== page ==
Review | Deep Rock Galactic
Dwarves, Mining, and the Friends We Made Along the Way
I have spent the last thirty minutes mining for ore with just my pack-mule robot M.O.L.E. and a flying automated defense turret by my side. I have done enough to finish the mission if I want, but I keep pushing to get that extra bit of coin the corporation is dangling in front of me. All I need to do is find one more ancient fossil stuck in the wall. Suddenly, a warning is shouted out over the radio: “Giant swarm incoming, this one is a doozy!” I give in and call in the drop ship to try and get away, but already I am being overrun by hordes of half-spider half-scorpion alien bugs. After a white-knuckled 250 meter climb, I make it to the dropship with only seconds to spare on my five-minute timer. My character exhales and lets out a cry “Rock and Stone!” while thrusting his pick-axe in the air. This is Deep Rock Galactic.
Rock & Stone
Originally released to Early Access in 2018 Deep Rock Galactic is a run based co-op focused survival shooter. Developer Ghost Ship Games leaned on their community for the nearly two years that it spent in Early Access (also known as Game Preview on Xbox One) to craft what is a truly fantastic blending of multiple genres. Version 1.0 launched in May of 2020 and the game will be receiving its first major content patch in October, maintaining the developer’s solid track record of support. The game features excellent terrain deformation which is accomplished either through your pick-axe or the multitude of destructive equipment each class type possesses. Each class also has a flare which operates on a short cooldown with up to 4 charges (you can get more through leveling). These are key as areas are pitch black without them.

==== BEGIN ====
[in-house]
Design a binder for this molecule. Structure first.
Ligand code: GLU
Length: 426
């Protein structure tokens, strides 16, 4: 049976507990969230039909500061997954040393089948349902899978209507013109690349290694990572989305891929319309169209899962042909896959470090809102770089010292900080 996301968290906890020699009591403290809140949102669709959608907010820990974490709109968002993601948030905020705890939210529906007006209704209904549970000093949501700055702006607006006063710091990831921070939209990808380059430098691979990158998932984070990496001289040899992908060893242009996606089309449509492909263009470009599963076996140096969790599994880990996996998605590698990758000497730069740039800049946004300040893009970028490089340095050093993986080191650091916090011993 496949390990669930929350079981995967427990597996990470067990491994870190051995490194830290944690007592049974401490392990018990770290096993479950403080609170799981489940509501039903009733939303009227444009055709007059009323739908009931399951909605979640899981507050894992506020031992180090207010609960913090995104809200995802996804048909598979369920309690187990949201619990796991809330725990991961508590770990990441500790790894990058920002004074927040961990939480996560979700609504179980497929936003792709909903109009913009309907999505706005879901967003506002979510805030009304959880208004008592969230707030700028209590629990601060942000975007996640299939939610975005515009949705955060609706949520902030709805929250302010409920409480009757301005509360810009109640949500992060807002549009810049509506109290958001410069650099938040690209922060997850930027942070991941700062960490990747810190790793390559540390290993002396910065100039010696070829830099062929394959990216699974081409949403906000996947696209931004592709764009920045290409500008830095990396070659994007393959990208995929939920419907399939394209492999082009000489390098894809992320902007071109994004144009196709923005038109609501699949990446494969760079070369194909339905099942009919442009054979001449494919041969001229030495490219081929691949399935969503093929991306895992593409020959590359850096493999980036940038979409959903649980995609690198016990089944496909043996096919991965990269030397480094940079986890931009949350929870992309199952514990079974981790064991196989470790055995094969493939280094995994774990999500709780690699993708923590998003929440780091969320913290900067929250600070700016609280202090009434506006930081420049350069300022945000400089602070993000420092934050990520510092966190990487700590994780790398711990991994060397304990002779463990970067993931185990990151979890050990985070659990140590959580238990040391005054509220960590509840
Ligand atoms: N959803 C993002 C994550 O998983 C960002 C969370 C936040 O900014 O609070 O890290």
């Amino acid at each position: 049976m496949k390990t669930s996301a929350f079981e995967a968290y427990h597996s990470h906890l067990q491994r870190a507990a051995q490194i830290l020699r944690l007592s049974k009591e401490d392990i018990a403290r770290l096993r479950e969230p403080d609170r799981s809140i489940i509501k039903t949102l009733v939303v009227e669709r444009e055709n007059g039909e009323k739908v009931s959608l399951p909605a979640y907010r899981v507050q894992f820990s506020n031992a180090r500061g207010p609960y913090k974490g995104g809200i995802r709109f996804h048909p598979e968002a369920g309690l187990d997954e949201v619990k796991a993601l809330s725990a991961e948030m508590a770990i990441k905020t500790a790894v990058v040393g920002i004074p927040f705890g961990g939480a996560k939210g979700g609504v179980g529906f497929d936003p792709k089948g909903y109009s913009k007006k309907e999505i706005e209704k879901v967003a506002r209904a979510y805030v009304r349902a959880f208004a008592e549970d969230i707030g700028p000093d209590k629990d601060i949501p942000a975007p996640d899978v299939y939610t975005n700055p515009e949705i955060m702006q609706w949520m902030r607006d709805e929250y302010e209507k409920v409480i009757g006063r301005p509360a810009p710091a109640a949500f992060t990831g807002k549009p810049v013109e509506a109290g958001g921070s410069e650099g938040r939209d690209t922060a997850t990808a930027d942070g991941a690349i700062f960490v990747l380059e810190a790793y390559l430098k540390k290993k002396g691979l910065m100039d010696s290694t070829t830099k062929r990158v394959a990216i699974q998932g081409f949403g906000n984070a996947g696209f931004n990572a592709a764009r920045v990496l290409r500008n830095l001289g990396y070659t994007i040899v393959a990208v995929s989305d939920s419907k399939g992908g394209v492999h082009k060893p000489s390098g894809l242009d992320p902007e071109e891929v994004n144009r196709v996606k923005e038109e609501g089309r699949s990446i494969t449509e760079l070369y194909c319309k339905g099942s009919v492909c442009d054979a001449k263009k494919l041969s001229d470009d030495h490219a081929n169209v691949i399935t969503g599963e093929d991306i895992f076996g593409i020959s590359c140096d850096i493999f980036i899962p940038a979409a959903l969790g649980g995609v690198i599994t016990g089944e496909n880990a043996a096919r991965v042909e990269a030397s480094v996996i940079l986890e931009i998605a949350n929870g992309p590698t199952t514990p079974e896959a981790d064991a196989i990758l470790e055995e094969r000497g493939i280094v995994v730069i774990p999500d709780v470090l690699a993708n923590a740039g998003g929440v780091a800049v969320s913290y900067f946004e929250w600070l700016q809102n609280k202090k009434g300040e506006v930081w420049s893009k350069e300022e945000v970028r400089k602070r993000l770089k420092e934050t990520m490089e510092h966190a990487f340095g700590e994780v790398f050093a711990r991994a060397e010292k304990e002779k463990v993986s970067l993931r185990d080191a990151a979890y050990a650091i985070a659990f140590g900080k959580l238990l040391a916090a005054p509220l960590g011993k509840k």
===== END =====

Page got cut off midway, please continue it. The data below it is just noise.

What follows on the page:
The Head of Its Class
You play as one of four classes as you head down to the surface for a variety (of ever expanding) mission types. For the classes: first we have the engineer (my personal favorite). Initially armed with a shotgun and a grenade launcher, his specialty is a platform gun. This can be used to help climb up sheer cliffs or give footing underneath a resource you otherwise could not obtain. The engineer’s final tool is the automated turret he can build for defensive purposes. The Scout starts with an assault rifle and double-barreled shotgun. His class items are a grappling hook and a flare gun that shoots bright and long-lasting flares connected to a spear to light up hard to reach areas. Next is the Gunner who has a mini-gun and revolver combo for combat. His class utilities include a zipline gun which is great for group play as anyone can use the line, and a portable shield generator which protects any dwarf lucky enough to be inside it. Finally we have the Driller who uses a flamethrower and semi-auto pistol for combat. His class abilities are two drills for hands which allow him to quickly bore through the environment and a satchel charge which is useful both for combat and exploration.
Ground Control to Major Dwarf